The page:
encoding encoding  /ɛn ˈkoʊ dɪŋ/


  • (n) the activity of converting data or information into code


  1. No codes were compromised; indeed, none could have been because encoding is done by computers that, in effect, change their combination every one hundred-thousandth of a second.
  2. A cell on the tongue, for instance, may express genes encoding proteins required for taste sensation, while an immune cell battling infection churns out proteins lethal to bugs.
  3. Of particular interest are the genes encoding four brain-growth regulators that have been found in newborns who go on to develop mental retardation or autism.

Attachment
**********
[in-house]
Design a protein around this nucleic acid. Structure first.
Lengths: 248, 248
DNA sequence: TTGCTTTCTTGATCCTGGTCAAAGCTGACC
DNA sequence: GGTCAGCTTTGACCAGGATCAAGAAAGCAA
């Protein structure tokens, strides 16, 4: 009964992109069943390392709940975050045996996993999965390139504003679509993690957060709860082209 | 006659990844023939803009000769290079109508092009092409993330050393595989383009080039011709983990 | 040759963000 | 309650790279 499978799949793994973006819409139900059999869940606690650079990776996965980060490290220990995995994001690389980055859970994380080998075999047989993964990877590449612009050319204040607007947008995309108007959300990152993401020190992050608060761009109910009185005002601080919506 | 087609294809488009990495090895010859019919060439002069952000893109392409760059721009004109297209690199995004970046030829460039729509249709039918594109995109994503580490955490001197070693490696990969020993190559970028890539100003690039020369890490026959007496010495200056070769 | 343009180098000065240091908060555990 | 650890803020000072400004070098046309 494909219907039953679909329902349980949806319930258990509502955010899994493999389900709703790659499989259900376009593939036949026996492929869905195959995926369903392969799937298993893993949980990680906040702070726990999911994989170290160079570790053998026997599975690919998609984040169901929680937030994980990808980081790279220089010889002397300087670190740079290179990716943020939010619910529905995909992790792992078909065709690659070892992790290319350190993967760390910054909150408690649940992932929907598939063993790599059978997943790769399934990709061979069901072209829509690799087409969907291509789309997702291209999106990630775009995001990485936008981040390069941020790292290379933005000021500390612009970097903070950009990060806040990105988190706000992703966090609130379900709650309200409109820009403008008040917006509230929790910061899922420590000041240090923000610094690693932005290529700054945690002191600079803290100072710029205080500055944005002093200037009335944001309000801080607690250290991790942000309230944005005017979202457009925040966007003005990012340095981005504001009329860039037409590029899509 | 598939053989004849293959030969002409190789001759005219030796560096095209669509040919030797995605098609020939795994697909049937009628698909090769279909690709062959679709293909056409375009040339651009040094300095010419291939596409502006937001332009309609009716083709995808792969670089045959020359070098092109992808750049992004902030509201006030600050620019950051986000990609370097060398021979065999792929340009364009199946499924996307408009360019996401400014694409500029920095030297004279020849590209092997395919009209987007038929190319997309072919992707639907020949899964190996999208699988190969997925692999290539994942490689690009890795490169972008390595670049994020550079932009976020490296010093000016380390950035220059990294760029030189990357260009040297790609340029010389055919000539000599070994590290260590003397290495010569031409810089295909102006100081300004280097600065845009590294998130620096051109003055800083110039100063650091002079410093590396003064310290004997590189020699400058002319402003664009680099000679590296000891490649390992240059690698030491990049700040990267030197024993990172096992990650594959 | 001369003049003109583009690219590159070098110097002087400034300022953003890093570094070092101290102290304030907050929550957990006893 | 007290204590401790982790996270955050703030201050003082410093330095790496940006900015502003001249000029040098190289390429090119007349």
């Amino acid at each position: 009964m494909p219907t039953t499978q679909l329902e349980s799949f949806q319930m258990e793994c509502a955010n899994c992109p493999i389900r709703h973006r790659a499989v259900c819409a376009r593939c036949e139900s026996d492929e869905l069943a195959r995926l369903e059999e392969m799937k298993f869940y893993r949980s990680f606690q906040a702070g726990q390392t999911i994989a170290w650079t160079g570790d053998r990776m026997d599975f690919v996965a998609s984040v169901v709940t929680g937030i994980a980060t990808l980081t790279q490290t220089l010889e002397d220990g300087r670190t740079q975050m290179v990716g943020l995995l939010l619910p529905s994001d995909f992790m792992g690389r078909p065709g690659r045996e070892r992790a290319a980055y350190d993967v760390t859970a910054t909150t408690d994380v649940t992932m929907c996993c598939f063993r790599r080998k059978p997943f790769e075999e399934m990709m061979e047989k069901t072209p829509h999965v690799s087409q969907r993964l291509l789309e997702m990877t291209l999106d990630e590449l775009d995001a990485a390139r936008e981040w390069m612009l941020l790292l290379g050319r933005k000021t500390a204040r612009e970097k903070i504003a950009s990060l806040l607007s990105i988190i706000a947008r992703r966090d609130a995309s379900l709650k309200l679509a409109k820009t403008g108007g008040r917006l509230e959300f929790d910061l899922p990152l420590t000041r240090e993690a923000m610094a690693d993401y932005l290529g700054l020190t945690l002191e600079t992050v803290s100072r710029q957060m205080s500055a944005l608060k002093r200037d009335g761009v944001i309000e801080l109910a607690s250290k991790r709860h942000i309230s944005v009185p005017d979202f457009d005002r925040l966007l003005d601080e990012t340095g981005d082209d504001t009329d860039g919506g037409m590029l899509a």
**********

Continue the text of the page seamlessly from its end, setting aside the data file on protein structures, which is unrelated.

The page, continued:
1. "The genome sequences of these highly productive oilseed crops will enable the in-depth understanding of genes encoding for plant yield and health and foster the development of improved plant varieties. We are also characterizing the important...
    on May 20, 2008 By: Craig Venter Source: StreetInsider.com (subscription)

  2. "With video-capability proliferating in so many electronics applications, the ability to convert video to a common high-quality format is a must," said Brian Johnson, director, technical marketing at Mobilygen. "The outstanding encoding...
    on Dec 5, 2007 By: Brian Johnson Source: WELT ONLINE

  3. "The patch enables percent-encoding for spaces and double-quotes in URIs handed off to external programs," Mozilla's chief security officer Window Snyder said in a post to the Mozilla Security Blog. "This reduces the risk of malicious data...
    on Jul 31, 2007 By: Window Snyder Source: SecurityFocus

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pacify pacify
/ˈpæ sə ˌfaɪ /